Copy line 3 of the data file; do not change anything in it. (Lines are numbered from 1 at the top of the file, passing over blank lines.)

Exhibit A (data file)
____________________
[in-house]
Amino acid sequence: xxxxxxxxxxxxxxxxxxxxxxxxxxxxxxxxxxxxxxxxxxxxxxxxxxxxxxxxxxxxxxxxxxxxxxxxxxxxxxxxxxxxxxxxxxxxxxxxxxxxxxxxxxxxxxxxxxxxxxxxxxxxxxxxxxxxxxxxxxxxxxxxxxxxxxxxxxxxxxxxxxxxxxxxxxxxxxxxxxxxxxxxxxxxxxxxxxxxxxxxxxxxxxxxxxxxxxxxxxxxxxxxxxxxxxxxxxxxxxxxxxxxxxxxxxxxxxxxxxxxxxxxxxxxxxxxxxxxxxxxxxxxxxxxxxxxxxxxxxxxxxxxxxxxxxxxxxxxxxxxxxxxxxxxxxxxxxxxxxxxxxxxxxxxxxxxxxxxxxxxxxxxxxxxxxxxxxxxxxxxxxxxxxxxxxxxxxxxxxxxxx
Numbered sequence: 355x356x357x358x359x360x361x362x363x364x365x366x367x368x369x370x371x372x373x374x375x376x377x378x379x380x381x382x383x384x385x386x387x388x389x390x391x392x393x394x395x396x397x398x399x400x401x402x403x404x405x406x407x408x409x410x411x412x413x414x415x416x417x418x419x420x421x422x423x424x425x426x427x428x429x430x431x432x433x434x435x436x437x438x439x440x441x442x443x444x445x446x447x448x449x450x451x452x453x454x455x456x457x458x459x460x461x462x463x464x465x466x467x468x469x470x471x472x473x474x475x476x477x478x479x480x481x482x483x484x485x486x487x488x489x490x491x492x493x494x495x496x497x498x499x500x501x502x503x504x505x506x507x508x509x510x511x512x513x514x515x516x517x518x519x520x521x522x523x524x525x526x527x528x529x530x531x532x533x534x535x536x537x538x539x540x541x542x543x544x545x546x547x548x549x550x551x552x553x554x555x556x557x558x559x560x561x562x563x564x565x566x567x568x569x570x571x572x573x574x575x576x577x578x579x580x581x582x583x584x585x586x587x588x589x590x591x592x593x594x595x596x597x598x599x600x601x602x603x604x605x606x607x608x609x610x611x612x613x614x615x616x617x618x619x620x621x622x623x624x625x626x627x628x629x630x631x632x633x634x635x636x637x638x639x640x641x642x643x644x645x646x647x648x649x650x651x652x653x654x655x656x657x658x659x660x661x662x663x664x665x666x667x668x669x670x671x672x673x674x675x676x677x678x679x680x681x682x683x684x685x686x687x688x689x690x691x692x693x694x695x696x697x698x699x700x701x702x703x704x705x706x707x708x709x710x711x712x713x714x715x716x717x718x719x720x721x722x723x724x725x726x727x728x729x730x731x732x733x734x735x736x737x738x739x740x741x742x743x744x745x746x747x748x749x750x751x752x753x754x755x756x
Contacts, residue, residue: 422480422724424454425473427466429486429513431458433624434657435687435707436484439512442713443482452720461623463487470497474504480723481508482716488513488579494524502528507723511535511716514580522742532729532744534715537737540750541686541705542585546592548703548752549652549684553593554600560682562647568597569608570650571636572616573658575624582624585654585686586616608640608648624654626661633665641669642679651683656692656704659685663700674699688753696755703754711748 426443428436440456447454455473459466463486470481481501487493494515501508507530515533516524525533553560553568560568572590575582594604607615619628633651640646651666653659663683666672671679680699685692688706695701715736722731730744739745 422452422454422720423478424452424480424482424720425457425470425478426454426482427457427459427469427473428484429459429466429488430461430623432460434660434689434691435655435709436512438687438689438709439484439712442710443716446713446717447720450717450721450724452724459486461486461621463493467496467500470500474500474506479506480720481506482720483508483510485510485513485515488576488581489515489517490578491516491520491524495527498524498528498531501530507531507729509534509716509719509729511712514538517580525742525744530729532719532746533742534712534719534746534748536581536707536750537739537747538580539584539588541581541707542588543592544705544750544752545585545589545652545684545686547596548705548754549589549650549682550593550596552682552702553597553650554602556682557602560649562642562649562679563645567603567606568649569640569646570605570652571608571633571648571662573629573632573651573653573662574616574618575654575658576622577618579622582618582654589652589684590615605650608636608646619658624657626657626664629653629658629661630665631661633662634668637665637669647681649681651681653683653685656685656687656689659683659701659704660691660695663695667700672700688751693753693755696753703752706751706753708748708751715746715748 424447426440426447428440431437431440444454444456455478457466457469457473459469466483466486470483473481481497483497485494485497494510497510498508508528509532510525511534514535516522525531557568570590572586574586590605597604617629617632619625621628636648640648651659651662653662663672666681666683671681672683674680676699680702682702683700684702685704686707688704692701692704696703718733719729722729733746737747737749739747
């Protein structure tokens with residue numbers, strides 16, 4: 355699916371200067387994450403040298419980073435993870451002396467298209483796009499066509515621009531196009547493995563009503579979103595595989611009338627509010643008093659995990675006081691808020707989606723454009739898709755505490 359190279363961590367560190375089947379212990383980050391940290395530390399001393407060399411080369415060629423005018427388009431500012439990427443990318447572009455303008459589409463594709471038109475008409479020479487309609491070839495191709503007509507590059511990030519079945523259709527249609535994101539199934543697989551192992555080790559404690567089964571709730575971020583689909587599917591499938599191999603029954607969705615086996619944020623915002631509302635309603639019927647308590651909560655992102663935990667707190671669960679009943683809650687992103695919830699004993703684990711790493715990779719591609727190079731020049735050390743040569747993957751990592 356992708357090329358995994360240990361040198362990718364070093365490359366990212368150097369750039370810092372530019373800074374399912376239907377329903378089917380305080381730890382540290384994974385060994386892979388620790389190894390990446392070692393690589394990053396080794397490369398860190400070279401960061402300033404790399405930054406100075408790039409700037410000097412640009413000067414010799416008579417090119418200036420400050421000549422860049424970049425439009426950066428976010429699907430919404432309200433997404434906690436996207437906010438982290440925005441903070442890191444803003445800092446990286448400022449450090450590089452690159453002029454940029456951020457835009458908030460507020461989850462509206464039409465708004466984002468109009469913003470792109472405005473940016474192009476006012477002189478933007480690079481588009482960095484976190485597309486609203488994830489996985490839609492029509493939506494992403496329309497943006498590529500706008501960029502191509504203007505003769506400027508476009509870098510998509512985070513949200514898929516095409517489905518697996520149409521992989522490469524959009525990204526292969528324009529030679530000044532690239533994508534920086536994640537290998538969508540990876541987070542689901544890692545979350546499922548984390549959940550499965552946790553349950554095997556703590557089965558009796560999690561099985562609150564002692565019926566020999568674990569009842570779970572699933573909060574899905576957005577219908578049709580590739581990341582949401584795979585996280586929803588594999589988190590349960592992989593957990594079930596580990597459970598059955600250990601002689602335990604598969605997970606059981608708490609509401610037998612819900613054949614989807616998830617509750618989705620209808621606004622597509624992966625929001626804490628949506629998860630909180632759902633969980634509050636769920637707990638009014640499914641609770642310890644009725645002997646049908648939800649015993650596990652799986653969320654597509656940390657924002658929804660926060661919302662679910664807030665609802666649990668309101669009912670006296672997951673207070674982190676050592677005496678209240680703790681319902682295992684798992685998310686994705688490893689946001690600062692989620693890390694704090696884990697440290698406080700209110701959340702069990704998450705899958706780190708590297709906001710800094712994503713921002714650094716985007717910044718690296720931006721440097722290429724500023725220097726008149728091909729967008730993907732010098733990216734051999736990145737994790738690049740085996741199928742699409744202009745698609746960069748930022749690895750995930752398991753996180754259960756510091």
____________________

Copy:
Numbered sequence: 355x356x357x358x359x360x361x362x363x364x365x366x367x368x369x370x371x372x373x374x375x376x377x378x379x380x381x382x383x384x385x386x387x388x389x390x391x392x393x394x395x396x397x398x399x400x401x402x403x404x405x406x407x408x409x410x411x412x413x414x415x416x417x418x419x420x421x422x423x424x425x426x427x428x429x430x431x432x433x434x435x436x437x438x439x440x441x442x443x444x445x446x447x448x449x450x451x452x453x454x455x456x457x458x459x460x461x462x463x464x465x466x467x468x469x470x471x472x473x474x475x476x477x478x479x480x481x482x483x484x485x486x487x488x489x490x491x492x493x494x495x496x497x498x499x500x501x502x503x504x505x506x507x508x509x510x511x512x513x514x515x516x517x518x519x520x521x522x523x524x525x526x527x528x529x530x531x532x533x534x535x536x537x538x539x540x541x542x543x544x545x546x547x548x549x550x551x552x553x554x555x556x557x558x559x560x561x562x563x564x565x566x567x568x569x570x571x572x573x574x575x576x577x578x579x580x581x582x583x584x585x586x587x588x589x590x591x592x593x594x595x596x597x598x599x600x601x602x603x604x605x606x607x608x609x610x611x612x613x614x615x616x617x618x619x620x621x622x623x624x625x626x627x628x629x630x631x632x633x634x635x636x637x638x639x640x641x642x643x644x645x646x647x648x649x650x651x652x653x654x655x656x657x658x659x660x661x662x663x664x665x666x667x668x669x670x671x672x673x674x675x676x677x678x679x680x681x682x683x684x685x686x687x688x689x690x691x692x693x694x695x696x697x698x699x700x701x702x703x704x705x706x707x708x709x710x711x712x713x714x715x716x717x718x719x720x721x722x723x724x725x726x727x728x729x730x731x732x733x734x735x736x737x738x739x740x741x742x743x744x745x746x747x748x749x750x751x752x753x754x755x756x